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To do so you’d, in principle, have to consider all possible genotypes and measure the fitness (or some other function) for each. While not practical, one can take a simple scheme of fitnesses for all genotypes and imagine doing it. Taking random genotypes (constructed by monkeys with 4-key typewriters, how many full genomes would they have to type out before they got one that had fitnesses as good as, or better than, the present genotype? Obviously a hell of a lot. The specified information is - log2 (P), where P is that very small probability.

So arguing that in our genomes there is lots of specified information is not a vacuous notion. Incidentally, Hazen, Griffiths, Carothers and Szostak (Proceedings of the National Academy of Sciences, 2007) note examples of investigations with sequences at single genes, for the functions of those loci.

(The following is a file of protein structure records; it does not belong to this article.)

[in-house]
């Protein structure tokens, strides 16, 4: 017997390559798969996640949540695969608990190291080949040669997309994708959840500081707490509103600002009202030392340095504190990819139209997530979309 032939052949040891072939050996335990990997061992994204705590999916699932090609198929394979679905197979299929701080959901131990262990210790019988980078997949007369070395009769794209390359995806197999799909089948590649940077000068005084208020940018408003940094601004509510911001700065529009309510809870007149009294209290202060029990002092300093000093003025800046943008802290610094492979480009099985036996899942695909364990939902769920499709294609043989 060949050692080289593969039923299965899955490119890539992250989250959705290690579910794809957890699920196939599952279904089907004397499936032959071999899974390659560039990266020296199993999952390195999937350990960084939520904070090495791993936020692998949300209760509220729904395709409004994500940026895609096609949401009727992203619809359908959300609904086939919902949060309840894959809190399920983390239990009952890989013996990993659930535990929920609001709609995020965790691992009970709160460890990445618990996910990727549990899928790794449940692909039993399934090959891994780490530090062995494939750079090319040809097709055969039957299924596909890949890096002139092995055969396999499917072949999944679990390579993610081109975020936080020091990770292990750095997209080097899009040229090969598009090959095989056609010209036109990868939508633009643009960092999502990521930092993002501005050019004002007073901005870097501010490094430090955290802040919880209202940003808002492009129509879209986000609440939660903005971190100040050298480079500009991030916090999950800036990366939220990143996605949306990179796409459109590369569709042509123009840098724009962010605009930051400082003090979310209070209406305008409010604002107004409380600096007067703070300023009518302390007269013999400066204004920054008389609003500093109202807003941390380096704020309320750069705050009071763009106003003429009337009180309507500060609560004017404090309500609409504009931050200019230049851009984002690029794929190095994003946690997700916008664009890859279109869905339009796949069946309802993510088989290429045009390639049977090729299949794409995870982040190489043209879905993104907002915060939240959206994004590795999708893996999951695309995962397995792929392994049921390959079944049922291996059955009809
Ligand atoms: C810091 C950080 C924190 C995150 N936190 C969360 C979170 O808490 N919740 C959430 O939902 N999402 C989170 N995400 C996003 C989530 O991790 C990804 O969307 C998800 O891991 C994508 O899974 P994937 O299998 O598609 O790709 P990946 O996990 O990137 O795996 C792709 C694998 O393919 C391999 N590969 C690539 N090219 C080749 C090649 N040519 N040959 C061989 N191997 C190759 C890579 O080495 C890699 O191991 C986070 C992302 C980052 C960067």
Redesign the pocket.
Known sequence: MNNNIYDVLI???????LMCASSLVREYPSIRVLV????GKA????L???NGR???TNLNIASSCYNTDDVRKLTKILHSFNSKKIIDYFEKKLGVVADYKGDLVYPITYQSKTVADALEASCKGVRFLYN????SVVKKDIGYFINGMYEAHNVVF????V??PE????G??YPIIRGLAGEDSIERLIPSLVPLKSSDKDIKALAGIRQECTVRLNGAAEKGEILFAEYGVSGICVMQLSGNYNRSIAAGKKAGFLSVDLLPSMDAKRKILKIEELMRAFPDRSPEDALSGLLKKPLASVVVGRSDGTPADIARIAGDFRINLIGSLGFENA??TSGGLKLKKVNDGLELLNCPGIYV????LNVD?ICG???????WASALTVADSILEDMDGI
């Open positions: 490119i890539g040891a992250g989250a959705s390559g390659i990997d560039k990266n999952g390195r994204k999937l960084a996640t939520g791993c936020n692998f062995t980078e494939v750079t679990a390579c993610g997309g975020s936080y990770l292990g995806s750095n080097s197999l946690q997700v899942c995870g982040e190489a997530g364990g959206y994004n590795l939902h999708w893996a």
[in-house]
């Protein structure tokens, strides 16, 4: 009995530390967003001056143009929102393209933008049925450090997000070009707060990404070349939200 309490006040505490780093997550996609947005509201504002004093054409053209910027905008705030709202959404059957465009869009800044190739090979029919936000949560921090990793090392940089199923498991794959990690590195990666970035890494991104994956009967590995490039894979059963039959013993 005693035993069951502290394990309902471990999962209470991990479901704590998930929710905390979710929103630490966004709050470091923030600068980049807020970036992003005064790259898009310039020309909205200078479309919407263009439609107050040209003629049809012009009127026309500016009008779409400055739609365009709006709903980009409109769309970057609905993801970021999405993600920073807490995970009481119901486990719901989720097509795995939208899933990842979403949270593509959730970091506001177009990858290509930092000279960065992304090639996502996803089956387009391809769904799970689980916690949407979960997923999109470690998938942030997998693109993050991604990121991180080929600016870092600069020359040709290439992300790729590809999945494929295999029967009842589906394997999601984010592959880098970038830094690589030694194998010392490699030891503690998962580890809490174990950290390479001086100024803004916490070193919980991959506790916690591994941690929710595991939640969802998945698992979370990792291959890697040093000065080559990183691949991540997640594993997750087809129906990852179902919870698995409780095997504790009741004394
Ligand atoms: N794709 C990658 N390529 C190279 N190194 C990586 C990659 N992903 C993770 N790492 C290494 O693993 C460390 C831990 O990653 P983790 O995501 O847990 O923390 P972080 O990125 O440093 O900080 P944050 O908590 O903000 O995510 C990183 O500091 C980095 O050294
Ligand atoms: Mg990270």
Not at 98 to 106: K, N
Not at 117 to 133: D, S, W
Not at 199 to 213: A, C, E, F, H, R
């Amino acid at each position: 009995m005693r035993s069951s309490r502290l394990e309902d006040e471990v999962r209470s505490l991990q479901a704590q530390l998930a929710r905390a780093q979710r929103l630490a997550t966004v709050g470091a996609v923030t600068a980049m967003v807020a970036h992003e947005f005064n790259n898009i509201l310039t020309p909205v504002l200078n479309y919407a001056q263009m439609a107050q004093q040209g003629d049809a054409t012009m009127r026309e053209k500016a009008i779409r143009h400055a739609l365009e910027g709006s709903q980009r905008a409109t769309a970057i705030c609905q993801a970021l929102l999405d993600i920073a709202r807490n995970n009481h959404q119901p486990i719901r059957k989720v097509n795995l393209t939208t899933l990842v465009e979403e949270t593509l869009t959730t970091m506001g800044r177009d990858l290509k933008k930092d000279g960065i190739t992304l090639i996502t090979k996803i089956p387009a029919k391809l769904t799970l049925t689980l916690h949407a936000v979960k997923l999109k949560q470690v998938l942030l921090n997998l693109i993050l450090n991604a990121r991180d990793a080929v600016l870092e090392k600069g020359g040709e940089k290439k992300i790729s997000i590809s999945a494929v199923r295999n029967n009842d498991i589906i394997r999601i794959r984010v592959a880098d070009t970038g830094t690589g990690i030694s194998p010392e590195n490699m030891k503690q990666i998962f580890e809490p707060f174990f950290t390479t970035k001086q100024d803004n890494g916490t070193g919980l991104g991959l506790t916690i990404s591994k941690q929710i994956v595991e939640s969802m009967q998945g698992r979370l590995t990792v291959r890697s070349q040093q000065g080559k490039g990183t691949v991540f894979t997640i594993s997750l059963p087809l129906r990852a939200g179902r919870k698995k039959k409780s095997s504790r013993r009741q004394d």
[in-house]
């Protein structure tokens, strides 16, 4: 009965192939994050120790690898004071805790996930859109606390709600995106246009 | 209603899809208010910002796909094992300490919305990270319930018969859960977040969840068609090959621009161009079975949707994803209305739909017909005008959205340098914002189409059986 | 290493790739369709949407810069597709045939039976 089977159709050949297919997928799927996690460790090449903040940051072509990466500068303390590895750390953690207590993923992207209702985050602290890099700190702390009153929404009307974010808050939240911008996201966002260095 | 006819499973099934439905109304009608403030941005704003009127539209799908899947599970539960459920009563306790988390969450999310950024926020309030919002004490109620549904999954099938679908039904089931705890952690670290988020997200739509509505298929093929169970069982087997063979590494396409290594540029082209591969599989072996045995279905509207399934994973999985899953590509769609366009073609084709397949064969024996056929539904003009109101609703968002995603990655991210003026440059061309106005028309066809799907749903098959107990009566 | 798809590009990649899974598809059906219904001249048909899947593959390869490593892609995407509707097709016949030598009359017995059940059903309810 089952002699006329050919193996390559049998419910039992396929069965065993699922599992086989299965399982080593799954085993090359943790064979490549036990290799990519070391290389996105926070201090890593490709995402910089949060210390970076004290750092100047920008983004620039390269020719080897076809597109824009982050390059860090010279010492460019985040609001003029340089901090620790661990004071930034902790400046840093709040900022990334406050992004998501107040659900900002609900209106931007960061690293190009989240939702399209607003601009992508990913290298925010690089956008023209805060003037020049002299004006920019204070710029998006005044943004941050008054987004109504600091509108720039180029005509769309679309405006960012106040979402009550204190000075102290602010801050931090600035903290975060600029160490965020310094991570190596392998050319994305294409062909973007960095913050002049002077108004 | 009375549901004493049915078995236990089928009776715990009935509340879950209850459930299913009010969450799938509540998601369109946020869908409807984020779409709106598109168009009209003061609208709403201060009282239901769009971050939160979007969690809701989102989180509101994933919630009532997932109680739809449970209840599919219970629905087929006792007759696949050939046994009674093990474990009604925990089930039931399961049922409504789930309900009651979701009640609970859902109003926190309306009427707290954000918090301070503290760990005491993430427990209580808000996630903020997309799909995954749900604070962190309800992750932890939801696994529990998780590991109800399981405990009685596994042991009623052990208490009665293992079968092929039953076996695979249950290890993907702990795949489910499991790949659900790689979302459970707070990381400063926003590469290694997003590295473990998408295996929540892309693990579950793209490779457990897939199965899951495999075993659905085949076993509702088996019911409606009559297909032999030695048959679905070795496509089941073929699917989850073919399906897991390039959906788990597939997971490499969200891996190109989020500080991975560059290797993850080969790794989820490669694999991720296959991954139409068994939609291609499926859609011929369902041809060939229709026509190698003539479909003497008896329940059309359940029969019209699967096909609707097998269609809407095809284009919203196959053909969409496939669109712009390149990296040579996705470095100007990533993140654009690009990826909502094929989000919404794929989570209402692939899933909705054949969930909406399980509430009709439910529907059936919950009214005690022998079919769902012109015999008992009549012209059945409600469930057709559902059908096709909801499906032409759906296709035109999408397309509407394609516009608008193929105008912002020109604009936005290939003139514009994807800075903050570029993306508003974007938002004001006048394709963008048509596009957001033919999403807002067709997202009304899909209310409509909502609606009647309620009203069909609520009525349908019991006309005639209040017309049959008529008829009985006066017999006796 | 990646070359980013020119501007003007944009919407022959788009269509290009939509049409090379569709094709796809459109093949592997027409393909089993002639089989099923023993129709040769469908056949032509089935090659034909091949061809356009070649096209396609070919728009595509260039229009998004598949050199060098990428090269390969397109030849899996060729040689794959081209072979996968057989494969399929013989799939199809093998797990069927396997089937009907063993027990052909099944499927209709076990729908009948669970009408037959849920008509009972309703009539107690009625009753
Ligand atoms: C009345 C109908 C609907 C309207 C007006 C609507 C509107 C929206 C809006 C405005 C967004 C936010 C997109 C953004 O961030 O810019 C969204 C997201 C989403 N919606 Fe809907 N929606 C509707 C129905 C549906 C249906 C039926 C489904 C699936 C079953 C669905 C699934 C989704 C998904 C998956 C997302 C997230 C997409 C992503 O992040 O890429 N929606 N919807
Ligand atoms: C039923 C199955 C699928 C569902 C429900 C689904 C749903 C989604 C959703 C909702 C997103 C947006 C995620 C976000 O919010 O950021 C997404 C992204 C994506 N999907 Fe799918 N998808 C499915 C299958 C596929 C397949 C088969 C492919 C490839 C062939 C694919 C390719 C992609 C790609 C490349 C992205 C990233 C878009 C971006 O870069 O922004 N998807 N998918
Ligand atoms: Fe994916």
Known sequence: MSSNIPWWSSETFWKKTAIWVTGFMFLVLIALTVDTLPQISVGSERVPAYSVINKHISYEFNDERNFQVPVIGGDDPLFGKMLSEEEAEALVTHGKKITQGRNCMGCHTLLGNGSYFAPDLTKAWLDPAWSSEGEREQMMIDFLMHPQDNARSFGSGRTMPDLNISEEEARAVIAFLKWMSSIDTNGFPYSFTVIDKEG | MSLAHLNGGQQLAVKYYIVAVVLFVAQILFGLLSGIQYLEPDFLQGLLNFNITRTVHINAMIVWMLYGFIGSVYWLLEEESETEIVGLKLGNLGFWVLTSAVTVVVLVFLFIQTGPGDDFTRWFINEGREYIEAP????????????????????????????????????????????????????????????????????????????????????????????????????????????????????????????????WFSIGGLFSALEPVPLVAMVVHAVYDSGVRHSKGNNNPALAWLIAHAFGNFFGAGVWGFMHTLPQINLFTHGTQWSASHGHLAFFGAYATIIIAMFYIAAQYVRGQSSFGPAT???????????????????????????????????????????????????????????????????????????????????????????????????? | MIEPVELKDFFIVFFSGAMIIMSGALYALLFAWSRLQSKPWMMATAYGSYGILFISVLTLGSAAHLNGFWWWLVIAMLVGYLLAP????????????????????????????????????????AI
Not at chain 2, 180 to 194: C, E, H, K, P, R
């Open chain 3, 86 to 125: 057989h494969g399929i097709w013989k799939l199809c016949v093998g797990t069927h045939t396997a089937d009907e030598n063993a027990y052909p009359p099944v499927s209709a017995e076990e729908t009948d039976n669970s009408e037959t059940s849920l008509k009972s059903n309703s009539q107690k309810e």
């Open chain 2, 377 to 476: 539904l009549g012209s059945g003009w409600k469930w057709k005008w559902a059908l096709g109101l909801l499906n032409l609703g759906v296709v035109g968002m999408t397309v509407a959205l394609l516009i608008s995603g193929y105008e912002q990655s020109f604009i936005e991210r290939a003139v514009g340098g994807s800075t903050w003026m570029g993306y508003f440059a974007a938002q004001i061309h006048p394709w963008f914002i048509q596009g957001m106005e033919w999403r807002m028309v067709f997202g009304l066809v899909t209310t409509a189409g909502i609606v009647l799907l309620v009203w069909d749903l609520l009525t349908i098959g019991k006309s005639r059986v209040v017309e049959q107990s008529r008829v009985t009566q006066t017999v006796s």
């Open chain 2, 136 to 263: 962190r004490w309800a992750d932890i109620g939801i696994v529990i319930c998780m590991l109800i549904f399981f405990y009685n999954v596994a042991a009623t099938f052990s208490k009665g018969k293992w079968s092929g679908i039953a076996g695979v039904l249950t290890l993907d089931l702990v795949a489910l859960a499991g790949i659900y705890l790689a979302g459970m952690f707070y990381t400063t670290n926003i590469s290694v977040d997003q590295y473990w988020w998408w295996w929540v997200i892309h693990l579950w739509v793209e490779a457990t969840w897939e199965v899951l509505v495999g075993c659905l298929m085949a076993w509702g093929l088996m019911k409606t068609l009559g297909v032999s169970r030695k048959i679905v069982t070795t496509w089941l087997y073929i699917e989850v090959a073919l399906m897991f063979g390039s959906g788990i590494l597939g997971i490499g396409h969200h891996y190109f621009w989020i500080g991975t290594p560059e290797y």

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The problem has never been specified information. The issue with Dembski’s Specified Complex Information has always been his idiosyncratic use of “complex”. That is why Orgel’s use of the terminology is not relevant to Dembski’s. Orgel did not have Dembski’s idea of complexity in mind.

That aside, it also demonstrates a sadly impoverished approach to the text, to take it as literally being just about having accurate weights for your scale rather than as a very strong and effective metaphor for honesty in general

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Well one problem is the specification always comes after the fact with ID-proponents. They pick some functional sequence discovered in an organism, then say it’s specified as if it was predicted to exist by ID and then try to do some sort of math-gymnastics to show that it’s appearance by dice-rolling is incredibly improbable. Voila! - Therefore design!

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Yes, but the definition has never been an area of disagreement. The problem of Texas sharpshooter style arguments (and sometimes completely worthless probability calculations) is another matter.